FCC takes heat over plans to regulate cable

A group of top media executives wants the FCC to keep its regulatory hands off cable television.

Robert Iger, president/CEO of Walt Disney; Peter Chernin, president/CEO of News Corp.; Philippe Dauman, CEO of Viacom; and Jeff Zucker, president/CEO of NBC Universal, told the FCC in a joint letter there is “no conceivable justification of government intervention” in the cable television industry. The executives said there was already “vibrant competition” for programming and distribution and “myriad options and alternatives” available to cable subscribers.

FCC chairman Kevin Martin is attempting to use recent data to show that cable is now available to 70 percent of the nation’s homes. Under current law, such a benchmark could allow the commission to regulate the industry. Martin is already moving to cut the rates and ease access to those wanting to lease cable channels.

Martin is also finding it hard to find support among the other commissioners themselves, who feel the chairman might be rushing things. Democrat Jonathon Adelstein has joined with Republican opponents on the commission to postpone the vote, which will be held Tuesday, November 27. The report as proposed by Martin would give the FCC increased leverage to tighten its grip on how the cable industry offers its programming to consumers.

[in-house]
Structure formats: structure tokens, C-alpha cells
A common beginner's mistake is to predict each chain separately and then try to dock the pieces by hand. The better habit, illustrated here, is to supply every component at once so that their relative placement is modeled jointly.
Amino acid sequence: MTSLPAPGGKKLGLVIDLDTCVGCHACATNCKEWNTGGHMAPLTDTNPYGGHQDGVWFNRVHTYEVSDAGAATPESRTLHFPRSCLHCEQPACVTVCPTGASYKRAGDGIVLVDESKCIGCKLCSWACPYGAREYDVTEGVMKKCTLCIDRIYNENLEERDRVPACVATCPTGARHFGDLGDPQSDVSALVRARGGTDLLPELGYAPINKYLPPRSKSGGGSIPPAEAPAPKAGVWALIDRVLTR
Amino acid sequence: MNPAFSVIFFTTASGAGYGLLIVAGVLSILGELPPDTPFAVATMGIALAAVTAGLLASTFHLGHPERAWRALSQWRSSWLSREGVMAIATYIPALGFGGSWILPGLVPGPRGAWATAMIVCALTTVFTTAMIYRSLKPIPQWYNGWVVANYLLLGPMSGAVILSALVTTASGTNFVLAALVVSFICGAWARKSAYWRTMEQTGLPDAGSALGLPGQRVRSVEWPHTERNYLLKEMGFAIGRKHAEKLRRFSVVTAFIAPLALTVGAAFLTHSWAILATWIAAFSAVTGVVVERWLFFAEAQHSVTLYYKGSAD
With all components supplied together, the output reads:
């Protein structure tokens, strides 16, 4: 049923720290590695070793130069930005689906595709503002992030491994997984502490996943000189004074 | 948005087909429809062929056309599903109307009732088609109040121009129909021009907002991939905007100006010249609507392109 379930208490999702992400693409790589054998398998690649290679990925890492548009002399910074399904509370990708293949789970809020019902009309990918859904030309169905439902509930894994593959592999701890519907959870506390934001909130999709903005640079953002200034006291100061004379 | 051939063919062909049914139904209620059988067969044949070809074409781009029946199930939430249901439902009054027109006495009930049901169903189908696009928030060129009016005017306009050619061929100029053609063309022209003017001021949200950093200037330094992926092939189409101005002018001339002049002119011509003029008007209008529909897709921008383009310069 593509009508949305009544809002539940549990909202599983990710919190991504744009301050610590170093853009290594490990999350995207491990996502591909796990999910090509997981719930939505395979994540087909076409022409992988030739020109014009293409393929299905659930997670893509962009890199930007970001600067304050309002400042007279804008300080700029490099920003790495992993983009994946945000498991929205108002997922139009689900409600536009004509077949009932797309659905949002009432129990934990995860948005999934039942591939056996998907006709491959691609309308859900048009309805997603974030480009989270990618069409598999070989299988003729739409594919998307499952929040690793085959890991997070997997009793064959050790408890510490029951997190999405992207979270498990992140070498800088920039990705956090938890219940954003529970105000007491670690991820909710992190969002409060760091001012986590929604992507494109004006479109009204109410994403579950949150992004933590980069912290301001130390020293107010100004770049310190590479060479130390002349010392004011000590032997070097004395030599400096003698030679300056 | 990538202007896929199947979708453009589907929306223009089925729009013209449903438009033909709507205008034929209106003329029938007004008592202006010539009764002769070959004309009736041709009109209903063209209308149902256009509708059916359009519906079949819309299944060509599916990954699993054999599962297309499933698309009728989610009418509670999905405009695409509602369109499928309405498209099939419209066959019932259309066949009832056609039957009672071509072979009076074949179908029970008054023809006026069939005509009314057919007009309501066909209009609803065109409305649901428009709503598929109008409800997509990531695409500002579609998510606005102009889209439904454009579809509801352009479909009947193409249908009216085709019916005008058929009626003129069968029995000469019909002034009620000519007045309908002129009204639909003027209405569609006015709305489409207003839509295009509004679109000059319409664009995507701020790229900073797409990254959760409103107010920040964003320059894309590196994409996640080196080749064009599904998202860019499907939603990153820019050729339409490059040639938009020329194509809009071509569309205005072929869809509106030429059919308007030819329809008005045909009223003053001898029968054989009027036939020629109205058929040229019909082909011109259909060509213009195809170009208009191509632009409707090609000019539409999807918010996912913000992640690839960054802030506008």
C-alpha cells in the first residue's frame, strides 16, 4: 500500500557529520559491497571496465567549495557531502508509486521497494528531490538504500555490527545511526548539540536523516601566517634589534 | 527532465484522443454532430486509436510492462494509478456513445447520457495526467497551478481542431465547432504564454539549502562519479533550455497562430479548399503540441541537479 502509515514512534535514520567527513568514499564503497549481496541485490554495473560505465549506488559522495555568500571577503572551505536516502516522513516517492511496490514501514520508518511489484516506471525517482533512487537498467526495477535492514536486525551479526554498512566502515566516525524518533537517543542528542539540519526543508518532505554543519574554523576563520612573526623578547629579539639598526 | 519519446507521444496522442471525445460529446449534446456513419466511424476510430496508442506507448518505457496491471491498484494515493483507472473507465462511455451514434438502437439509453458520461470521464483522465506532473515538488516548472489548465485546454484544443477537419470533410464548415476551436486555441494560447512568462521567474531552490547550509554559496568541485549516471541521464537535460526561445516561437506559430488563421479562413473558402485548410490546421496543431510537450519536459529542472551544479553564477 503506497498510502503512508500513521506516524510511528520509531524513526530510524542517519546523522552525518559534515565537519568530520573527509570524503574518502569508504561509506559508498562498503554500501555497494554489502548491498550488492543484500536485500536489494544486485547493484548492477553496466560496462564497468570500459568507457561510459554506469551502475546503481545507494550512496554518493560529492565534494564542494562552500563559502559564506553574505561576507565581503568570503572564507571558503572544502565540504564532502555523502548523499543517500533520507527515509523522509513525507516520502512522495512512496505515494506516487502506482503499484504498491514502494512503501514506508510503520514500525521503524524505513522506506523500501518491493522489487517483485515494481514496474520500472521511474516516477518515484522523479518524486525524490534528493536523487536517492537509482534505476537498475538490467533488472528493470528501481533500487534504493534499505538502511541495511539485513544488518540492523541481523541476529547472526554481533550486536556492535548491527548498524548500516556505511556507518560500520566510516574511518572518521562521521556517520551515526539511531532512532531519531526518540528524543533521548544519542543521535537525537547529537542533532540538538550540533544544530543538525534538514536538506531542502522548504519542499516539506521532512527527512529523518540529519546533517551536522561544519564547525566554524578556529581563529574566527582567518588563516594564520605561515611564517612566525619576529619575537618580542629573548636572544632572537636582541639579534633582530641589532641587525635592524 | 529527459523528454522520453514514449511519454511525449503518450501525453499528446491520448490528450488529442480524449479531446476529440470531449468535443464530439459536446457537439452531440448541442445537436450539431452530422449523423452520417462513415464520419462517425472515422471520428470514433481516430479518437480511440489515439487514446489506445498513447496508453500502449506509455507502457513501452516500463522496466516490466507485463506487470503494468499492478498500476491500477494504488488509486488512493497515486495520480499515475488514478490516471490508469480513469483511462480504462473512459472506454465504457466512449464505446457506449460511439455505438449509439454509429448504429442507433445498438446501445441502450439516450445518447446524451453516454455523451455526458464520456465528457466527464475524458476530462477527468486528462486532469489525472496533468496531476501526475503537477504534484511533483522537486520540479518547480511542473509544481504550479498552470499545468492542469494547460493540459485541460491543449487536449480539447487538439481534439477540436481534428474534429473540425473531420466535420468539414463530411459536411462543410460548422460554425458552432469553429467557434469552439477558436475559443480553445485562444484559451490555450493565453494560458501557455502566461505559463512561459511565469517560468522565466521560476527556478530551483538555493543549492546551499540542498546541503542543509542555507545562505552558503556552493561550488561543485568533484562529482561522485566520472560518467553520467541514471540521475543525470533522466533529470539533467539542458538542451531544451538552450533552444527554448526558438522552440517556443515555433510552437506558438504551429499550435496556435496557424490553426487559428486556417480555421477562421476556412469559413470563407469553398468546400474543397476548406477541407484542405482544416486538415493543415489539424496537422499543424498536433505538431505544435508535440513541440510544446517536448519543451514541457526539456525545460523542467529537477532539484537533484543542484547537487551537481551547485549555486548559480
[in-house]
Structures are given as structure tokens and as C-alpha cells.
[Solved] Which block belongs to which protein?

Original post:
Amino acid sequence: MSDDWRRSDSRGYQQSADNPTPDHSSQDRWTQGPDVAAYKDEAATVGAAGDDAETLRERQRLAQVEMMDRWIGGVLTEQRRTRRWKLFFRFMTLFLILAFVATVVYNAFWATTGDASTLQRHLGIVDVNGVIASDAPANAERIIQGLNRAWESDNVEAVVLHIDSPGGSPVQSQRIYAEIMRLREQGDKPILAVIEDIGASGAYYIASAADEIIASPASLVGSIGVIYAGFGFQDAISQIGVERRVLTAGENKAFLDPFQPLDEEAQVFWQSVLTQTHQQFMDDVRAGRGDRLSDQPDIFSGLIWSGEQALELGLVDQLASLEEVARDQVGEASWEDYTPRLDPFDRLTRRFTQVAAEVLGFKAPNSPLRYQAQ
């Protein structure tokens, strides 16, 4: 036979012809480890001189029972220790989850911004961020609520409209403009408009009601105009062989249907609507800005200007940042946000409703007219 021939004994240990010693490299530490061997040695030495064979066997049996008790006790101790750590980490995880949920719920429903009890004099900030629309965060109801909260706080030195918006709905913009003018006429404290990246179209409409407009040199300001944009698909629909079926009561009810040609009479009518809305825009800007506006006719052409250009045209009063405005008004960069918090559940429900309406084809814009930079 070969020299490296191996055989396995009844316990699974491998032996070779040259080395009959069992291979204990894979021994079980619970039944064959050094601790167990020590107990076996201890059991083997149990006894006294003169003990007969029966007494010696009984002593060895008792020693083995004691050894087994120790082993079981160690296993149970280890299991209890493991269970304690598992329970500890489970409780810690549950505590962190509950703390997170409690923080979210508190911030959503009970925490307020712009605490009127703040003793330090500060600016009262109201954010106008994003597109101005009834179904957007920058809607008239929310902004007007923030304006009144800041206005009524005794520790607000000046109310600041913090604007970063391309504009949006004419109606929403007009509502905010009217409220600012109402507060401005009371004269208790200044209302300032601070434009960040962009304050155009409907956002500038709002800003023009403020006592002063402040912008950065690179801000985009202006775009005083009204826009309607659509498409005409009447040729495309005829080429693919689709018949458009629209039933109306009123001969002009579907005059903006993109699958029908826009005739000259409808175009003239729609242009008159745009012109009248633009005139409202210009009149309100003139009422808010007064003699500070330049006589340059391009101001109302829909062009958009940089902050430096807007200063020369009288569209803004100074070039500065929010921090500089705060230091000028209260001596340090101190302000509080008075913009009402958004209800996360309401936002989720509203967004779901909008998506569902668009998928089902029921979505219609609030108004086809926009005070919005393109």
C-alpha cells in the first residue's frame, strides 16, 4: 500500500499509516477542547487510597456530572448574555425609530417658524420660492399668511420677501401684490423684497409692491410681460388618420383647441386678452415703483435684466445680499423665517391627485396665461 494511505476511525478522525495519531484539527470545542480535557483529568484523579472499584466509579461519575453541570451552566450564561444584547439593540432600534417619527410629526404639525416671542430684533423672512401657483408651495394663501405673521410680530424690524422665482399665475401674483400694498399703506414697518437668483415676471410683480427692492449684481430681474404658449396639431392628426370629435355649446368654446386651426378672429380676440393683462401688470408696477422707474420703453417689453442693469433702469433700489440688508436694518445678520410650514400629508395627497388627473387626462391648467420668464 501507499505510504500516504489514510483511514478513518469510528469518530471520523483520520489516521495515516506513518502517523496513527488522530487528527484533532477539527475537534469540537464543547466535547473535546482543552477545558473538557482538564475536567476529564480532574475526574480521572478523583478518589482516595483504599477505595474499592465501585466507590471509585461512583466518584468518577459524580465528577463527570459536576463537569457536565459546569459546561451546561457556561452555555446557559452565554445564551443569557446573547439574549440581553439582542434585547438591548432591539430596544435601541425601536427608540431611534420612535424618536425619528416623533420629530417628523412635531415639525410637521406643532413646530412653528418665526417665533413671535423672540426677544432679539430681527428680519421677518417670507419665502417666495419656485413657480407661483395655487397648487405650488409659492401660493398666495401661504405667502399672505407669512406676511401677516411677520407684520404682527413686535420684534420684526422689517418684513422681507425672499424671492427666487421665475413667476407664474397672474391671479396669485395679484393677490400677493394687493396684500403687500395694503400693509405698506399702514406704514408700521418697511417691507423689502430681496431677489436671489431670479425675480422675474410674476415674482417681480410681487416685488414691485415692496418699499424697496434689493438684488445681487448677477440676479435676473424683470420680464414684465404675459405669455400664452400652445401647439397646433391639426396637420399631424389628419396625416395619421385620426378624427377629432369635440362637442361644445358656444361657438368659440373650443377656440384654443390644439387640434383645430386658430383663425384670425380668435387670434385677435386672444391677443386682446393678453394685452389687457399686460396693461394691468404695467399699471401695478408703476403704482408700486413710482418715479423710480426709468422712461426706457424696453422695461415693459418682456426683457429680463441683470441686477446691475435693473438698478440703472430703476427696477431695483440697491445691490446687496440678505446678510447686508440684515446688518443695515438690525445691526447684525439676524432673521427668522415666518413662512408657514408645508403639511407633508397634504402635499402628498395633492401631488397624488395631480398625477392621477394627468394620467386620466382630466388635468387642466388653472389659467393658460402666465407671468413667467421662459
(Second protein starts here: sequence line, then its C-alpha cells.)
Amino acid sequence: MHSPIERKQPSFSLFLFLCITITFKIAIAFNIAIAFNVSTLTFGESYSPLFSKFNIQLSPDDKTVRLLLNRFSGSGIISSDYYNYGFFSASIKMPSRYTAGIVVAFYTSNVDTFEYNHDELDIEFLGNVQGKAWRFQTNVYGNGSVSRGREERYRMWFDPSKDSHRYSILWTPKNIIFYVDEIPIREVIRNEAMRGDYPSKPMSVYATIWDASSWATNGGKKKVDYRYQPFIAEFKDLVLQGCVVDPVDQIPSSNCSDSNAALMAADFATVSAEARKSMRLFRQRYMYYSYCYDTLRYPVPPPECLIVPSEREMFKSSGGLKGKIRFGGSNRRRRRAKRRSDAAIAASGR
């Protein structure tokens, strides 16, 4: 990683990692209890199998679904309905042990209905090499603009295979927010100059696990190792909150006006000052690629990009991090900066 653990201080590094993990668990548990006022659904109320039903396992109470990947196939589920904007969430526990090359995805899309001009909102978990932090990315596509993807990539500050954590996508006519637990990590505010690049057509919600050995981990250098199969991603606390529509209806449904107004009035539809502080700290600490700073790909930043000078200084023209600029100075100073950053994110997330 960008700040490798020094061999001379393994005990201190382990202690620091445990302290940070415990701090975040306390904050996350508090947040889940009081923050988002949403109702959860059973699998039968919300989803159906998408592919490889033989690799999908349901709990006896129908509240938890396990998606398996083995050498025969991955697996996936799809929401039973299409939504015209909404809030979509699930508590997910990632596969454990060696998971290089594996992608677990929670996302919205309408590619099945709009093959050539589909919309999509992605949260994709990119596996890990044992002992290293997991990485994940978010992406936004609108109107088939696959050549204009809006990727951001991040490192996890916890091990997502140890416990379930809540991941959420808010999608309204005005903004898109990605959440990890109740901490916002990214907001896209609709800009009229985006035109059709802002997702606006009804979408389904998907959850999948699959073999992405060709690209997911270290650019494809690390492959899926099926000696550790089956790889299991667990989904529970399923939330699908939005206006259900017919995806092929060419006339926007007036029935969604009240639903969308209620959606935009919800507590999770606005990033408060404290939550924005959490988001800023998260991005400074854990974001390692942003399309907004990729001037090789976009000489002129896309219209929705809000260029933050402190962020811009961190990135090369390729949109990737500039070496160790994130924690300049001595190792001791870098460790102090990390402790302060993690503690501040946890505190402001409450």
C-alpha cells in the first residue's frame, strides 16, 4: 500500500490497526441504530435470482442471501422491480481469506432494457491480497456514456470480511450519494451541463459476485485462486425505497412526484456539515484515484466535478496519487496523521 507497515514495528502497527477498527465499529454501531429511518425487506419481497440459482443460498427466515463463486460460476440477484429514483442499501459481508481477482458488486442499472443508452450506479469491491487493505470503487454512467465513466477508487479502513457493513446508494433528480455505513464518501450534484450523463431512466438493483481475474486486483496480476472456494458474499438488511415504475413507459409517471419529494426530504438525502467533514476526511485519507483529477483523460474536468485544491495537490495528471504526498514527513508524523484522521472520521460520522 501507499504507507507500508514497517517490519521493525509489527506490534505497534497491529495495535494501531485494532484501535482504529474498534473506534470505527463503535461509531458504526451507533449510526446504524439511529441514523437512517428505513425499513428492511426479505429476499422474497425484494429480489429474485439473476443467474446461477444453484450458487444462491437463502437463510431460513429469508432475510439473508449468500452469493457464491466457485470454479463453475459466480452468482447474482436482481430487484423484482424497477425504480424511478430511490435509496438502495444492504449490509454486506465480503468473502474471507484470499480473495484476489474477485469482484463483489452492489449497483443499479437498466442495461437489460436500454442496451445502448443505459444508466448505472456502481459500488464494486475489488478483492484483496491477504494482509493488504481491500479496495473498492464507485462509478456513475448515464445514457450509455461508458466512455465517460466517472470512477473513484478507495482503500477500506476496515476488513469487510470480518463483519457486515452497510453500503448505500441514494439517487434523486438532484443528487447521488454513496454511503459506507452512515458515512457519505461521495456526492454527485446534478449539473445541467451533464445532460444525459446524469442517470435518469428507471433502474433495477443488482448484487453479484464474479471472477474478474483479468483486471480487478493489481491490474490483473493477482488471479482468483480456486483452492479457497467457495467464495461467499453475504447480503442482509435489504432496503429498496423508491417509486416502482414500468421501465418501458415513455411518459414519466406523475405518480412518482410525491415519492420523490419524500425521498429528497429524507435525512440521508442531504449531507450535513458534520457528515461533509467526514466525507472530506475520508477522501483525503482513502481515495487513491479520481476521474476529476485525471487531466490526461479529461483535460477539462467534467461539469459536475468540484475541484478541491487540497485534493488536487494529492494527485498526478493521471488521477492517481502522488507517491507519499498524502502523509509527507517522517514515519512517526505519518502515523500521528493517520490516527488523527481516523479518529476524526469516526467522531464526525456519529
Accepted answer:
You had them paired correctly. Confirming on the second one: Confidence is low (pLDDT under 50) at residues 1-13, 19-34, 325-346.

Prior to the holiday, Kyle McSlarrow, president/CEO of the National Cable & Telecommunications Association, accused Martin of promoting an anti-cable agenda in an effort to get cable to voluntarily offer á la carte programming, although the agency has no authority to require cable companies to do so.

The issue has created a firestorm. A majority of Republicans on the House Energy & Commerce Committee have warned that additional regulation of cable is unwarranted. Minority groups are alarmed that any new FCC rules could force minority programming and channels off cable systems.

“We are alarmed at recent press accounts and public statements by FCC officials purporting to find undue concentrations of market power that would justify a wide range of government interventions into the media marketplace where we compete every day,” the media executives wrote.

“To be sure, there was a time when American consumers who wished to enjoy subscription TV had few if any alternatives to their local cable system. This is no longer the case for the vast majority of U.S. consumers.”